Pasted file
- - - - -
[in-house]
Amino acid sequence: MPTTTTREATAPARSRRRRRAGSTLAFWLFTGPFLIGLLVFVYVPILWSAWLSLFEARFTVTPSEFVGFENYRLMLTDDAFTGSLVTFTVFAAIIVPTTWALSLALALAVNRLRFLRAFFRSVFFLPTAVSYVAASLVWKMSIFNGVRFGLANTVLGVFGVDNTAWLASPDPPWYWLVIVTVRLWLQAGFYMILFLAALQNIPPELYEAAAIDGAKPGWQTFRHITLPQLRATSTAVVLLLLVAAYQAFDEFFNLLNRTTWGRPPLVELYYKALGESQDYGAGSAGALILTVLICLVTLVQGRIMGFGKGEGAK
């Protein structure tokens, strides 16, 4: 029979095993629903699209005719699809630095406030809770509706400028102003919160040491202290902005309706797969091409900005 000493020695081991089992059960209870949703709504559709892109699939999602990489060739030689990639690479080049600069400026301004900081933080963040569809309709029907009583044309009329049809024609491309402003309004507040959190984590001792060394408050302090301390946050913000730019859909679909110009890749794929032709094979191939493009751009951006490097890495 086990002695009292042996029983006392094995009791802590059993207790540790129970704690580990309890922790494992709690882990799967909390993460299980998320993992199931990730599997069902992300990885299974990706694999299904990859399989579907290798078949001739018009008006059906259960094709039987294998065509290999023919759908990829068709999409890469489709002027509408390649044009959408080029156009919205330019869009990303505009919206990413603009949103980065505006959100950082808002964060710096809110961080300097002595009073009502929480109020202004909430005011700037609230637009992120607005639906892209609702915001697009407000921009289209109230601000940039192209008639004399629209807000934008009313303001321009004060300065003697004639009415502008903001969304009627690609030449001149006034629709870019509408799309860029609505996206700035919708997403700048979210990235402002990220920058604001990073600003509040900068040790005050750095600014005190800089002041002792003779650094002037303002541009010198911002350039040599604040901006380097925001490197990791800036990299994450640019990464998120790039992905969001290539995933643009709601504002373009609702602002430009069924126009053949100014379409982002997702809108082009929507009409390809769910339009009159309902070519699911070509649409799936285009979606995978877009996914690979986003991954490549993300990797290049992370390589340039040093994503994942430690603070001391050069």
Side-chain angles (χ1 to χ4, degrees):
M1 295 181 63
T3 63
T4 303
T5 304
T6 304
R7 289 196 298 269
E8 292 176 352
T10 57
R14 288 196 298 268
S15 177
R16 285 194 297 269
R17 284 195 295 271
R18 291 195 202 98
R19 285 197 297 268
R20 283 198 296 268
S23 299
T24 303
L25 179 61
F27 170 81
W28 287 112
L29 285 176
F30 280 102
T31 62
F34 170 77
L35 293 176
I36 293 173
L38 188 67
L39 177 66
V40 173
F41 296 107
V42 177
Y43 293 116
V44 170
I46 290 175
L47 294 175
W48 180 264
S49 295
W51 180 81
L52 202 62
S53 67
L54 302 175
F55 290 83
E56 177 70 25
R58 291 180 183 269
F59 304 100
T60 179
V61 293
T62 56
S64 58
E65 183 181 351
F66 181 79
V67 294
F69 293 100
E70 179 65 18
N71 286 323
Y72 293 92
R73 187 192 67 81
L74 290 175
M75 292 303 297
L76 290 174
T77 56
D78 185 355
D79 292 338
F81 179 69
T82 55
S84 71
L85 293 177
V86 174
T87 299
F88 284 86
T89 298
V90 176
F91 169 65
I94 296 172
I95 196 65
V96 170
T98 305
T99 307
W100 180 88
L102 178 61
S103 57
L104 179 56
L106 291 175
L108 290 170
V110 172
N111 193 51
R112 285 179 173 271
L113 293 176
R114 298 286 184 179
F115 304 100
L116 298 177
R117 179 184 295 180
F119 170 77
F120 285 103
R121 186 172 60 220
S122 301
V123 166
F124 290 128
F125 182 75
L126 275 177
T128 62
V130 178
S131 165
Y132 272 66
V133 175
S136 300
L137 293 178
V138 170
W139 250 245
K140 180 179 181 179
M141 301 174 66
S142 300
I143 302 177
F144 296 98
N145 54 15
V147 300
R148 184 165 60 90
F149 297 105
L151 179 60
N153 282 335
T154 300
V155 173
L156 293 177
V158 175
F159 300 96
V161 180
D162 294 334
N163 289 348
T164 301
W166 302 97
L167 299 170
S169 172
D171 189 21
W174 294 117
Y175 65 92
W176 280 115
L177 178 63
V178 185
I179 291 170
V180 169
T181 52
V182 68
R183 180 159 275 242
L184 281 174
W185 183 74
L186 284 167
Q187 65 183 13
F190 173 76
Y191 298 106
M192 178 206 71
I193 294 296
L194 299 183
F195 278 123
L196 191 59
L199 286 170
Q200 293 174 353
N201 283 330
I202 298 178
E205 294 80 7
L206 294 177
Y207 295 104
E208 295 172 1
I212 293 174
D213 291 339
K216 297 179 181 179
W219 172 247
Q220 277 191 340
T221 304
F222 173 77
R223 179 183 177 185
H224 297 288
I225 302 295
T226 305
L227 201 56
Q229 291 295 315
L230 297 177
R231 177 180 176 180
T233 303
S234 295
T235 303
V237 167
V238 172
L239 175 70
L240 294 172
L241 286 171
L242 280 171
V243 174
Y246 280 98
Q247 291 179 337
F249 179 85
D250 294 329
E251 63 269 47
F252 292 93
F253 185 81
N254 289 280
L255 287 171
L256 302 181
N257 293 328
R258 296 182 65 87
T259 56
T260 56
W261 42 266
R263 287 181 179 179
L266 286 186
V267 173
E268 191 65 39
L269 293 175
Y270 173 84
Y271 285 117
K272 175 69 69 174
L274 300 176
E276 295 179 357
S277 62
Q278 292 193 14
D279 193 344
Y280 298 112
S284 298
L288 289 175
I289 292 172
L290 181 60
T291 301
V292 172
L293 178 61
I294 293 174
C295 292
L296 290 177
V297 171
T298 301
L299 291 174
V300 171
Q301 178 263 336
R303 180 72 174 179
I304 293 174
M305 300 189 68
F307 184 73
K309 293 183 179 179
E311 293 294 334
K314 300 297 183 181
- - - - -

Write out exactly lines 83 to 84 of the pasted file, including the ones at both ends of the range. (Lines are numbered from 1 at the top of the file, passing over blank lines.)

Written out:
W100 180 88
L102 178 61